May 25, 2002
Palestinian official speaks in Houston

From today's Chron:

Dalal Salamah, a member of the Palestinian Legislative Council, was in Houston on Friday to issue a plea for aid as well as understanding for fellow Palestinians.

"There is a need to talk about our situation," Salamah said in an interview.

"Through the media, people are able to see the attacks and the damage, but the daily life -- how people manage their daily lives. I want to paint a real picture of how they manage to live," Salamah said.

Yes, let's do take a look at it.

As she spoke Friday, the Israeli army was surrounding the Palestinian city of Ramallah with barbed wire, blocking what was a way to leave and enter Ramallah without passing checkpoints.

The move, according to international aid officials, is the first step in an Israeli plan to encircle all eight major cities of the West Bank, and their outlying villages, including Salamah's home, Nablus.

"There is no semblance of normal life in the camps and villages now," said Salamah.

"In Palestinian West Bank and Gaza, each city and refugee camp is separated from the others. Sixteen cities, totally separated from one another," Salamah said.

"Some people who tried walking (from one village to another) to get milk and bread for their kids died," she said. "They are suffering because they have finished their water, their own wells are empty."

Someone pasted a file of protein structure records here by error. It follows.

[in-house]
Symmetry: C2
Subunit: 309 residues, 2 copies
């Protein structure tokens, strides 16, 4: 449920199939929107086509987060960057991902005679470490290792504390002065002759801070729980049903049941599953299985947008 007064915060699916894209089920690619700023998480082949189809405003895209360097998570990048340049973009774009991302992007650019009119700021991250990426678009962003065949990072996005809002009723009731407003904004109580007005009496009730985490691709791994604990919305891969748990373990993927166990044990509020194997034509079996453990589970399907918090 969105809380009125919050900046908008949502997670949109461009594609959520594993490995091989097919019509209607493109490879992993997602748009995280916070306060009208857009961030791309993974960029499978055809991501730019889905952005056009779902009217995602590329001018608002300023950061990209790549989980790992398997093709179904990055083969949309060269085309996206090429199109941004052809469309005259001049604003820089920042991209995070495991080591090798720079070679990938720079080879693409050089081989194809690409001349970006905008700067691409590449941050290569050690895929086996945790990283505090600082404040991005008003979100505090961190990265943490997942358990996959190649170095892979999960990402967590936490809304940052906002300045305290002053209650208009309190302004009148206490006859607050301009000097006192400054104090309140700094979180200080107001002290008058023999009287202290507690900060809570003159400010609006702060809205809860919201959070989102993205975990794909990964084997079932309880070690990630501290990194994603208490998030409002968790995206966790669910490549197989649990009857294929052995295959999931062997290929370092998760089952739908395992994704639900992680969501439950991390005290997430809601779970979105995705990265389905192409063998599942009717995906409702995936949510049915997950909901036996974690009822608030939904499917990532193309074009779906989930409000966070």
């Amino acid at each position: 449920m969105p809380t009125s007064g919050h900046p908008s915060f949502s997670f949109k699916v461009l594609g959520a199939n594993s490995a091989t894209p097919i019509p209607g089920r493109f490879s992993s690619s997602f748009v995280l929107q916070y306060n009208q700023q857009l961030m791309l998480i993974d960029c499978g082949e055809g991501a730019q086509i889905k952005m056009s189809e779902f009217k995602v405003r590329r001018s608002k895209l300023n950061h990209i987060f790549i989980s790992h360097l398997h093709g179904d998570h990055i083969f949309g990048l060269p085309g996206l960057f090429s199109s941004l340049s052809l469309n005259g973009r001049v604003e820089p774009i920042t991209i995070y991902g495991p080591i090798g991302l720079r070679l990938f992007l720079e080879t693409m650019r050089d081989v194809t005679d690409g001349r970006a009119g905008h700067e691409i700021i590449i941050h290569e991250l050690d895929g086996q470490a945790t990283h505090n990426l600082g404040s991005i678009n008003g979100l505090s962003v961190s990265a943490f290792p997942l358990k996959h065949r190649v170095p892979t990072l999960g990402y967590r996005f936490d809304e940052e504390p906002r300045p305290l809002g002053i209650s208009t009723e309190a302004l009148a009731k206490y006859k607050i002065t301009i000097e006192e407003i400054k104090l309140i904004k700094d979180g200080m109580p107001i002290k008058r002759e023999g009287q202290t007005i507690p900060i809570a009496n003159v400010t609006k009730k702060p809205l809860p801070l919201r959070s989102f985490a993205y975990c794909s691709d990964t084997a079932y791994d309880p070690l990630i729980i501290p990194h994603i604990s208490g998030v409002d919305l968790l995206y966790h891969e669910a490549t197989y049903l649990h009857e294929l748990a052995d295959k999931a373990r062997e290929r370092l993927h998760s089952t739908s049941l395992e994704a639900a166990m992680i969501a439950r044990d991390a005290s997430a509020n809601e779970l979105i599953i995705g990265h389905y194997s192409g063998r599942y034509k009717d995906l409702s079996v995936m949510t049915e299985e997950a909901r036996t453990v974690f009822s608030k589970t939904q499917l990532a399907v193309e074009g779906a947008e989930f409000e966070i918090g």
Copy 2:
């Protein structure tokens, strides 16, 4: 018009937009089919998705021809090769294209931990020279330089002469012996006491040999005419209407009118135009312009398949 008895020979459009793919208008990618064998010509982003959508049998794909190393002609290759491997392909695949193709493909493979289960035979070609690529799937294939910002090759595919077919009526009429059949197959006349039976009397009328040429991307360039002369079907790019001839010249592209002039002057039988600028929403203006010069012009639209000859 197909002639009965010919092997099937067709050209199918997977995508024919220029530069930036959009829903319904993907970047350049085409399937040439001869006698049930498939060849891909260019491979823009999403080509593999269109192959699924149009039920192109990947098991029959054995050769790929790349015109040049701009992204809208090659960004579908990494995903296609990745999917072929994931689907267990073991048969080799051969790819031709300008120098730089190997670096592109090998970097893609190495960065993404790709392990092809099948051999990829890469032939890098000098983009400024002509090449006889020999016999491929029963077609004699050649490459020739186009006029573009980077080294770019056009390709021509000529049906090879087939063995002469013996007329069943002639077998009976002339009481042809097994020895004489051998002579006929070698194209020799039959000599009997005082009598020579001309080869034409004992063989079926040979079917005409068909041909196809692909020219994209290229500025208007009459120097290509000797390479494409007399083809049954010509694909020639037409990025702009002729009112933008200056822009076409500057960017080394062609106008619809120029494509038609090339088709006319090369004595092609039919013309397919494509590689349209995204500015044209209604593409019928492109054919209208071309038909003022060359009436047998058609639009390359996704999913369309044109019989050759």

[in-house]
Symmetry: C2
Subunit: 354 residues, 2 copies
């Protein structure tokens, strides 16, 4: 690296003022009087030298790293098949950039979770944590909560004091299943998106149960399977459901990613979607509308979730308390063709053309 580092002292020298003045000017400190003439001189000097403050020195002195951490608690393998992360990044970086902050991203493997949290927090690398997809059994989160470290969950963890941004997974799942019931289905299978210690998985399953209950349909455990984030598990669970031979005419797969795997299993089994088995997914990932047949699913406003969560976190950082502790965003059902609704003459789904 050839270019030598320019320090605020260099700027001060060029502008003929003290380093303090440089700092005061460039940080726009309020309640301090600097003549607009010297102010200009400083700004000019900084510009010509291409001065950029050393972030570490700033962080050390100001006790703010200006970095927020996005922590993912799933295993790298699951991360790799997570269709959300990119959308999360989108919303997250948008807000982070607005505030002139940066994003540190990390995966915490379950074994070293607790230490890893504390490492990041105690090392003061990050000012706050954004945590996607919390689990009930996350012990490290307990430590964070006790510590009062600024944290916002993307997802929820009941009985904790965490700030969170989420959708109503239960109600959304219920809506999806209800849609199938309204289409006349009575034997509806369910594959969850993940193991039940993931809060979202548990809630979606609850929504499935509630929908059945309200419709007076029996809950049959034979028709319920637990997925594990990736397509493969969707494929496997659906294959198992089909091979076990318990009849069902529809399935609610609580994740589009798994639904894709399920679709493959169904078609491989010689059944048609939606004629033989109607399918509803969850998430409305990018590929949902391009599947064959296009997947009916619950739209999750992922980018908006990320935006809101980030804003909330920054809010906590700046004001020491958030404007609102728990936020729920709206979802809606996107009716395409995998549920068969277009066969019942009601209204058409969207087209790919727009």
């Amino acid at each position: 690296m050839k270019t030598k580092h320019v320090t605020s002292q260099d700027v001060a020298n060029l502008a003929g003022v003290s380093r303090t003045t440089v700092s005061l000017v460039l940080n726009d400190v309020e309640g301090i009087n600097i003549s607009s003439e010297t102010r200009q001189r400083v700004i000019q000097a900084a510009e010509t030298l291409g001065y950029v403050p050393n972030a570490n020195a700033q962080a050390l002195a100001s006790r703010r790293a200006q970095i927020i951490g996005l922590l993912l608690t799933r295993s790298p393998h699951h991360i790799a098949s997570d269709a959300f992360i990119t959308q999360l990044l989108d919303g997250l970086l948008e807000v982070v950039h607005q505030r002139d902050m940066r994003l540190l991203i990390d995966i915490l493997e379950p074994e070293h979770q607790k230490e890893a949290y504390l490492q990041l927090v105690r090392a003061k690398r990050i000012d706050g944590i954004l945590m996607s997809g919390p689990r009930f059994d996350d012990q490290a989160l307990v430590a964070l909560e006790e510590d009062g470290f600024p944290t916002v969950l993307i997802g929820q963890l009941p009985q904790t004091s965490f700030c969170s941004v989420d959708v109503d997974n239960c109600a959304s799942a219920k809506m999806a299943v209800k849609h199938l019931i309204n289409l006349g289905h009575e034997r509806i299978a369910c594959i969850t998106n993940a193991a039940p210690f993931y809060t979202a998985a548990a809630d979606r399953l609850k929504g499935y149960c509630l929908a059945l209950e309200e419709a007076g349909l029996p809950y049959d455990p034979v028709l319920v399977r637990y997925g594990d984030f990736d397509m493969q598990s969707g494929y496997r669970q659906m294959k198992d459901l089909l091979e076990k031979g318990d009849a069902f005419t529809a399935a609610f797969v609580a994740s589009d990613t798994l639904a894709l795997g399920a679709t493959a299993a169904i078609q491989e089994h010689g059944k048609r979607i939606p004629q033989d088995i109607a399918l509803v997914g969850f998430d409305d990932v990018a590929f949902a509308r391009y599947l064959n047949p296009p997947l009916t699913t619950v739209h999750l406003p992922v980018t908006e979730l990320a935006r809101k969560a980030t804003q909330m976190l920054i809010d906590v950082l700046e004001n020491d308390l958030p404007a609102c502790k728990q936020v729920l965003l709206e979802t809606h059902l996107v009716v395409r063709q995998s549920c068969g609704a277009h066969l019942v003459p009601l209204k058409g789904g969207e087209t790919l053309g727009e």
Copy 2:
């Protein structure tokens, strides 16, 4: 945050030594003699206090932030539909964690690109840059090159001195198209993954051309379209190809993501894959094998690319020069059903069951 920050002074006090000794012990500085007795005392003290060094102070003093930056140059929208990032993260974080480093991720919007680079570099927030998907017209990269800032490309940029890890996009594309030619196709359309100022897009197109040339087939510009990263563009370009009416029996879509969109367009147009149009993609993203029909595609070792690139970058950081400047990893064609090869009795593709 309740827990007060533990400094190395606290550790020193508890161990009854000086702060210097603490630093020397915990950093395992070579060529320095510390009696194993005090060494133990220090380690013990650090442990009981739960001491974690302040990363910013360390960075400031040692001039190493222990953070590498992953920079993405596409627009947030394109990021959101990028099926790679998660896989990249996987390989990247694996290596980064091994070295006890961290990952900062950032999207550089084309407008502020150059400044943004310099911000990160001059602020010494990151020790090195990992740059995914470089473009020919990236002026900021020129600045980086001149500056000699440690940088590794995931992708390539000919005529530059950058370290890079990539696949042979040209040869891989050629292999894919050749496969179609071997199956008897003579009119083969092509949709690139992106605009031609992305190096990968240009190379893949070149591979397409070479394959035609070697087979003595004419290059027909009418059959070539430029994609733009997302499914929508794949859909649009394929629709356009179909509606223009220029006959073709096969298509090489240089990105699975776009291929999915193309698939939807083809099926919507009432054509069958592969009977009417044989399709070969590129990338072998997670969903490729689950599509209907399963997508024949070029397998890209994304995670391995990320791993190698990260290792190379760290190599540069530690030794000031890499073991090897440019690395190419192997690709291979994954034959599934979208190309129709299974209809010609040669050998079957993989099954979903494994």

"No laborers may now go into Israel, or between Nablus, Jerusalem, or the other villages," Salamah said. "They must stay in their villages.

Yeah, you unleash a few suicide bombers on someone and all of a sudden they get all security conscious. Imagine that.

"The students in the schools cannot get to the university. Ambulances may come to sick people, but they are forbidden from taking people in the ambulances, they must leave them there," she said.

You don't suppose the fact that ambulances have been used as cover and transportation for Palestinian gunmen has anything to do with that, do you?

Salamah said she wants to talk about those things, as well as "the difference between the national struggle (against Israeli occupation) and terrorism."

"We condemn terrorism," she said, adding that suicide bombings carried out in Israel "are acts of young people and some political parties."

"It is condemned by me and by the Palestinian Authority. But how can we explain to the younger generation, they are not allowed to bomb themselves in Israel while the Israeli forces attack Palestinian villages and camps?"

We all know how those denunciations of terrorism by Arafat and the PA have done so much to curtail the suicide bombings. Perhaps if the bombers weren't lauded as martyrs and if their families weren't given thousands of dollars as a reward, that might help. Perhaps you could try explaining to the younger generation that the attacks are the result of the suicide bombs, that might help. Perhaps if your leadership weren't committed to the total destruction of the state of Israel, that might help. I'm just saying.

I won't have sympathy for your cause until such time as whoever is actually in charge there genuinely punishes those who aid and abet the suicide bombers. Put someone in charge who actively works to promote peace and stop violence, and then we can talk.

Posted by Charles Kuffner on May 25, 2002 to Around the world